online, Philippines, Sports, television

PVL Returns to S+A After Controversial Livestream Issue

ABS-CBN has finally heeded the call of disgruntled PVL fans.

It was announced earlier this week that ABS-CBN Sports would air weekend Premier Volleyball League games on S+A in addition to the standard livestream broadcasts online. This came after last weekend’s livestream of the PVL on Tour in Tuguegarao was plagued with technical difficulties that led to many complaints from volleyball fans on social media.

Despite the good news, Wednesday PVL matches will remain exclusive to livestream while S+A will continue to reair UAAP Season 79 women’s volleyball games. The full televised slate will only arrive once the semifinals and finals roll around.

The first televised PVL matches since opening day two weeks ago was the second stop of the PVL on Tour, this time in Batangas. Unlike last weekend in Tuguegarao where only four teams saw action, all eight teams, including Batangas native Alyssa Valdez’s Creamline Cool Smashers, participated in the provincial meet.

The next few weekends in the PVL Reinforced Conference schedule will take place in yet-to-be-determined venues. That said, there is a possibility that these matches will remain part of the PVL on Tour series, with the announcement to take place within the next several days.

Despite a partial television schedule, volleyball fans should feel more than satisfied with the response that ABS-CBN Sports gave to them. After all, the PVL has suffered long enough that the need to air more games on television will be key towards restoring the league’s credibility.

Because when the PVL has crowd drawers like Alyssa Valdez and Michele Gumabao, chances are the league will thrive if only they are given the proper exposure and treatment by its broadcast partner. So far, however, the PVL had been on the wrong end of ABS-CBN Sports’ stick, being drowned out by reruns of last season’s UAAP women’s volleyball matches.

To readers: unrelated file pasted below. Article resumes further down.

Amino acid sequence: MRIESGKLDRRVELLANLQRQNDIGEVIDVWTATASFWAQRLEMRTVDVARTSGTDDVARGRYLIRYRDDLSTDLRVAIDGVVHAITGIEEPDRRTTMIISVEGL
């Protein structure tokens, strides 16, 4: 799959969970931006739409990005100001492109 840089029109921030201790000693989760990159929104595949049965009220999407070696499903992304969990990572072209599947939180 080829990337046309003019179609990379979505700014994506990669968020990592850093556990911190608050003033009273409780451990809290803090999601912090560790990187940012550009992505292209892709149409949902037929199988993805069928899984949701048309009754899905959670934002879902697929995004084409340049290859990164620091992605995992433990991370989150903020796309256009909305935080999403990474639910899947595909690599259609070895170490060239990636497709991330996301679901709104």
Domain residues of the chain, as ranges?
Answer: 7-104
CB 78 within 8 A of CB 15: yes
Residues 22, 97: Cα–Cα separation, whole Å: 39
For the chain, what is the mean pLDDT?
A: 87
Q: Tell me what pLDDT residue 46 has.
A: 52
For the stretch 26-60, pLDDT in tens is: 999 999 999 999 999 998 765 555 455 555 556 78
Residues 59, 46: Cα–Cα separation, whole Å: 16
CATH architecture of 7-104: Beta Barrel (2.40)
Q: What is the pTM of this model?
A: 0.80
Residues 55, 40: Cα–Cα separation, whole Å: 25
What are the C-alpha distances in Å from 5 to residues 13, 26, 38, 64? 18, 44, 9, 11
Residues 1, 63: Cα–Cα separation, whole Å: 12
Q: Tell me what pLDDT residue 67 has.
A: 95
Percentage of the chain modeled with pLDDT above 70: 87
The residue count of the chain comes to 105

To their credit, ABS-CBN Sports listened to its viewers for the sake of the PVL broadcasts, which is a good thing. Now it will be up to them to keep the dice rolling.

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Philippines, Sports, television

Ruining the PVL: ABS-CBN’s Coverage Setup Leaves Fans Angry

It was more of the same result.

The second season of the Premier Volleyball League picked up from where the first season left off, with ABS-CBN Sports airing only a few select games on S+A while leaving the rest of the schedule to livestream. After only a week, however, fans have had enough and voiced their negative sentiments on social media.

This past weekend, the PVL held its games in Tuguegarao featuring Pocari-Air Force Lady Warriors, PayMaya High Flyers, Creamline Cool Smashers and BanKo Perlas. While the four games involving the four teams were compelling and exciting for the fans in attendance, those who watched the game online were dissatisfied over the broadcast.

Saturday’s Pocari-Air Force vs. PayMaya and Creamline vs. Banko livestreams encountered numerous delays and power interruptions that left volleyball fans seething with anger. In response, ABS-CBN Sports Production head Vince Rodriguez explained the motive behind the setup before ending with a seemingly positive remark.

Emphasis on the word ‘discussing’ because for the time being games of the PVL will still be aired only on livestream while talks for more TV coverage are in progress. Case in point: the matches that will take place later today.

As for the schedule on S+A, the network will broadcast a replay of UAAP women’s volleyball as it was the case last weekend. Talk about not moving on.

Suffice to say, the PVL is back to a familiar situation when they were still known as the Shakey’s V-League, in which it encountered TV coverage issues. ABS-CBN Sports was supposed to be the league’s savior when it arrived three years ago, but instead of making the league more exposed to the public, it only worsened its perception among volleyball fans.

Yes the league is proud to have Alyssa Valdez and Michele Gumabao as its standard-bearers, but unless ABS-CBN Sports does something drastic to appease its fans, the PVL will fall behind the shadows of its younger but emerging rival in the Philippine SuperLiga. The time is definitely now for ABS-CBN to take the PVL very seriously and stop pretending to be its pauper.

If this promise is not fulfilled, it might be high time for volleyball fans to switch to the PSL instead, where television and livestream coverage are limitless. Your call, ABS-CBN Sports.

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Philippines, Sports, television

Liga Is the New Balls

CPI has a new cable channel in LIGA, which will eventually serve as the main home of the 2018 FIFA World Cup (Logo courtesy of Creative Programs Inc.)

ABS-CBN’s Creative Programs Inc. has a new cable channel anew.

Following the closure of TAG, ABS-CBN Regional Channel and Hero, CPI went back to work and quietly established a new sports-oriented cable channel called LIGA. The channel’s content will eventually be focused on the 2018 FIFA World Cup, but for the time being, it airs live and classic UAAP men’s basketball and women’s volleyball matches as well as the World Cup qualifiers.